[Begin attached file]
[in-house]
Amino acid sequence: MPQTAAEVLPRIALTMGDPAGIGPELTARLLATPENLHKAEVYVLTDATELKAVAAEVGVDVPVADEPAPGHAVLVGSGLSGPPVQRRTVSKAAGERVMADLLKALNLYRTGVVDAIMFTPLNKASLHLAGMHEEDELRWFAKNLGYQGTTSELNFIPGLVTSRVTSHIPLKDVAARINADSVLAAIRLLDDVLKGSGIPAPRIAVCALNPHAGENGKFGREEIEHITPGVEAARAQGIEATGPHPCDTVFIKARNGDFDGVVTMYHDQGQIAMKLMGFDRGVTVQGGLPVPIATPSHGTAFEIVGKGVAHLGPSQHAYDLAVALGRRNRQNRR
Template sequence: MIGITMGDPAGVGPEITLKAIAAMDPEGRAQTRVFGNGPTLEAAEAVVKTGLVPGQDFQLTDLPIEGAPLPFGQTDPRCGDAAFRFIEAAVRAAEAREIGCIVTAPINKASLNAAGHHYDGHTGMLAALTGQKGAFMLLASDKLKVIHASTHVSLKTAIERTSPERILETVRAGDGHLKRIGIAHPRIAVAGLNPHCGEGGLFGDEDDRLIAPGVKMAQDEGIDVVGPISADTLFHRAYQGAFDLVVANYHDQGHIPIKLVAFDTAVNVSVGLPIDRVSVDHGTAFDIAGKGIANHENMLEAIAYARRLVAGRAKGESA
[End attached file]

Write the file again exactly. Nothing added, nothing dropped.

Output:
[in-house]
Amino acid sequence: MPQTAAEVLPRIALTMGDPAGIGPELTARLLATPENLHKAEVYVLTDATELKAVAAEVGVDVPVADEPAPGHAVLVGSGLSGPPVQRRTVSKAAGERVMADLLKALNLYRTGVVDAIMFTPLNKASLHLAGMHEEDELRWFAKNLGYQGTTSELNFIPGLVTSRVTSHIPLKDVAARINADSVLAAIRLLDDVLKGSGIPAPRIAVCALNPHAGENGKFGREEIEHITPGVEAARAQGIEATGPHPCDTVFIKARNGDFDGVVTMYHDQGQIAMKLMGFDRGVTVQGGLPVPIATPSHGTAFEIVGKGVAHLGPSQHAYDLAVALGRRNRQNRR
Template sequence: MIGITMGDPAGVGPEITLKAIAAMDPEGRAQTRVFGNGPTLEAAEAVVKTGLVPGQDFQLTDLPIEGAPLPFGQTDPRCGDAAFRFIEAAVRAAEAREIGCIVTAPINKASLNAAGHHYDGHTGMLAALTGQKGAFMLLASDKLKVIHASTHVSLKTAIERTSPERILETVRAGDGHLKRIGIAHPRIAVAGLNPHCGEGGLFGDEDDRLIAPGVKMAQDEGIDVVGPISADTLFHRAYQGAFDLVVANYHDQGHIPIKLVAFDTAVNVSVGLPIDRVSVDHGTAFDIAGKGIANHENMLEAIAYARRLVAGRAKGESA